The draft domestic abuse bill, published this week, proposes several new initiatives to tackle domestic abuse, which is estimated to cost society £66bn: more than the amount caused by alcohol and drug misuse, cigarettes and obesity combined.
Family lawyers, including senior judiciary, have long campaigned to end the cross examination of an alleged victim by an alleged perpetrator in the Family Courts. Such a practice has long since been banned in the criminal jurisdiction.
This issue rose to prominence after the changes to legal aid were introduced in 2013. People accused of committing acts of domestic abuse were no longer entitled to public funding and would therefore have to represent themselves in the Family Court.
Mothers involved in family court hearings told the Guardian newspaper graphic descriptions of the “torture” of being questioned by abusive men. They describe how former partners can make repeated court applications to continue the harassment and in one case, a mother was cross-examined for two hours by her ex-husband, despite him being the subject of a restraining order to keep him away from her.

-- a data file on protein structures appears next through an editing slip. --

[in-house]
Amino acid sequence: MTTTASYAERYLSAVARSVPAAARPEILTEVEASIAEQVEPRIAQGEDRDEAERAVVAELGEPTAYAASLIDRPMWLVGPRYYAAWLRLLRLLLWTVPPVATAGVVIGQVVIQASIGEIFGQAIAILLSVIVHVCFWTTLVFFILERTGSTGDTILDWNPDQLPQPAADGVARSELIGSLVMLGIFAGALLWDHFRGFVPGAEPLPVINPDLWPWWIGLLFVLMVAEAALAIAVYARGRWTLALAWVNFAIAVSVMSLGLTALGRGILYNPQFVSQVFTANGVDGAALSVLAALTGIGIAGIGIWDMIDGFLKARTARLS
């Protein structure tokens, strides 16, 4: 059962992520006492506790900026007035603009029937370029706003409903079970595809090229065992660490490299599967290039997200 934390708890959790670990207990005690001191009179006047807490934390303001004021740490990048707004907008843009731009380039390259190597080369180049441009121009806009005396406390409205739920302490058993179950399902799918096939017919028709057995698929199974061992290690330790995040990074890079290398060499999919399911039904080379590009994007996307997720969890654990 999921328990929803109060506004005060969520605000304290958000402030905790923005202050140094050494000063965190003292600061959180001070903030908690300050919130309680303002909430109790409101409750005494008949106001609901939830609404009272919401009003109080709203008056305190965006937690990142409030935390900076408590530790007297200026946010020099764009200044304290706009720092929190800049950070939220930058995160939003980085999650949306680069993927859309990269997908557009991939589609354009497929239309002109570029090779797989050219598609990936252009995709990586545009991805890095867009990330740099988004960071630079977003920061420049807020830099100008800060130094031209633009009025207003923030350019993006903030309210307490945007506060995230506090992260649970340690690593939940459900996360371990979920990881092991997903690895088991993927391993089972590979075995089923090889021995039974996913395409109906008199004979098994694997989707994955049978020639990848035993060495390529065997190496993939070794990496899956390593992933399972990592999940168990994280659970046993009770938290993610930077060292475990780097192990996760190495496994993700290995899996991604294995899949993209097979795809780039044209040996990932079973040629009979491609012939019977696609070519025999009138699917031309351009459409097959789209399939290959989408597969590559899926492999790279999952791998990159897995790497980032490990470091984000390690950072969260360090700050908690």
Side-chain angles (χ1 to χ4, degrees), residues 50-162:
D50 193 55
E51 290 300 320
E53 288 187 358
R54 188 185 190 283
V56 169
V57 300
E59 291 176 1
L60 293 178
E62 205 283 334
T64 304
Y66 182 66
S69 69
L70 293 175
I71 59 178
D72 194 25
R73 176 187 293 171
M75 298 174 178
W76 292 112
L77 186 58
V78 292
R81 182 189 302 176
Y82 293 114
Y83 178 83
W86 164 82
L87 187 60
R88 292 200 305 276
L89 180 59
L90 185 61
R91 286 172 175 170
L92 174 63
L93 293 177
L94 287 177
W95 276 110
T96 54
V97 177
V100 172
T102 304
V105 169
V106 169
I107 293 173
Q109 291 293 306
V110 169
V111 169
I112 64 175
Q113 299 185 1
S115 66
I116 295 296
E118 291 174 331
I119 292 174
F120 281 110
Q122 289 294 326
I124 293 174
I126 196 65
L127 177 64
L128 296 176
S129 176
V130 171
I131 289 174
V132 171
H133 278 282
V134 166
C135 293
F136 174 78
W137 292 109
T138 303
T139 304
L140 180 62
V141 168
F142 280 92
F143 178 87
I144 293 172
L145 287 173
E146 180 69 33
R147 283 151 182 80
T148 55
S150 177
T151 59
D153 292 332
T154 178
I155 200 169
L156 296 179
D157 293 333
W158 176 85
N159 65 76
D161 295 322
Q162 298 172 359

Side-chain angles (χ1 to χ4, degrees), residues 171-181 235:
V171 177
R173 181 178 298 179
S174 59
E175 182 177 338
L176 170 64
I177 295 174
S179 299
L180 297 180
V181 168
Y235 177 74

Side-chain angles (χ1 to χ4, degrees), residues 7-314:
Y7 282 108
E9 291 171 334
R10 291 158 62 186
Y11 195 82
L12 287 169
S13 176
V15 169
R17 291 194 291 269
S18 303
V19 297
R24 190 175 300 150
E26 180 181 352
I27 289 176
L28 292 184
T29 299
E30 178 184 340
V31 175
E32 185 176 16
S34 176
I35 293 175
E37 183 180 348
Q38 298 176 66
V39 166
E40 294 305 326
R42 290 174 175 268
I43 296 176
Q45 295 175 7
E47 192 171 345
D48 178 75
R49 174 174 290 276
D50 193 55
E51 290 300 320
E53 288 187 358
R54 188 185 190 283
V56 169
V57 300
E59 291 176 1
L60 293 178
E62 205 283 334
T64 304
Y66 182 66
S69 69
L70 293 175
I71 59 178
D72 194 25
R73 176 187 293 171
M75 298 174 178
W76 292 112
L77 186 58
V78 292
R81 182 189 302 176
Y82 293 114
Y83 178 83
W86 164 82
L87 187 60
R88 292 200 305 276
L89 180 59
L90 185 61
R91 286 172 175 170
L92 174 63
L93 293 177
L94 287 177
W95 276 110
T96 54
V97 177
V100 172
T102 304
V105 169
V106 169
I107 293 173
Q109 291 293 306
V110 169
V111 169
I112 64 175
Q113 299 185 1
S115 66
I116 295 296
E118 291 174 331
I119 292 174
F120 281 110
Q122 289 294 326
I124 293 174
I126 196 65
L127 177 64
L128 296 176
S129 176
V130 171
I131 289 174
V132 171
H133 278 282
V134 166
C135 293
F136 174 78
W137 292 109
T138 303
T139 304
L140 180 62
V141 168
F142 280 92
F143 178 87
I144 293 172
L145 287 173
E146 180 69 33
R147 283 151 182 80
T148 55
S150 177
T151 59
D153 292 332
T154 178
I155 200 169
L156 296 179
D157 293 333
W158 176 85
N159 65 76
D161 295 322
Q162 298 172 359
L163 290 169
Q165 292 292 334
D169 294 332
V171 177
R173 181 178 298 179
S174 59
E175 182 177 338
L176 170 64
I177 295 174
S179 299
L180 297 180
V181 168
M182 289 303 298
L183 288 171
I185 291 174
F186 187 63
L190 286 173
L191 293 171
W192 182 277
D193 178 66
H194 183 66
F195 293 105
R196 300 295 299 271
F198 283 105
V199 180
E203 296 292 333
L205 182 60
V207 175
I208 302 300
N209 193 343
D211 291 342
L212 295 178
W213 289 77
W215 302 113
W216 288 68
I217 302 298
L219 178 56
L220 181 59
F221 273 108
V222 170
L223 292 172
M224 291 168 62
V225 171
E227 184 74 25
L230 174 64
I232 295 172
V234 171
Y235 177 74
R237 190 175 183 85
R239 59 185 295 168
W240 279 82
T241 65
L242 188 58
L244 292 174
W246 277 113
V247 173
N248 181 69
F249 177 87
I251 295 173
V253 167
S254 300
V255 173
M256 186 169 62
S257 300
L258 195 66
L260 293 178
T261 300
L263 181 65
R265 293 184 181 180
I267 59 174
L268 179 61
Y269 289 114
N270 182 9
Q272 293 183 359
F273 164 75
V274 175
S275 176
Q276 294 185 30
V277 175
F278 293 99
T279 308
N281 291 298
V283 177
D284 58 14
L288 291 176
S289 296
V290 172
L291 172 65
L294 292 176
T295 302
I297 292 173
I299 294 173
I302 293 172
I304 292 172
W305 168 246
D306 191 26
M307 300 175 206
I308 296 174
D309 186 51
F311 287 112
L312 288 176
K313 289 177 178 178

Sir James Munby, the President of the Family Division until July 2018, said he would like to see an end to the way in which alleged perpetrators of domestic abuse are able to cross-examine their alleged victims.
“I have expressed particular concern about the fact that alleged perpetrators are able to cross-examine their alleged victims, something that, as family judges have been pointing out for many years, would not be permitted in a criminal court,” said Sir James Munby. “Reform is required as a matter of priority.”
The draft legislation does now include the prohibition of complainants of domestic abuse being asked questions by their alleged perpetrator. The new proposal is that the court will be able to appoint an advocate to do the cross-examination and challenge the alleged victim’s version of events.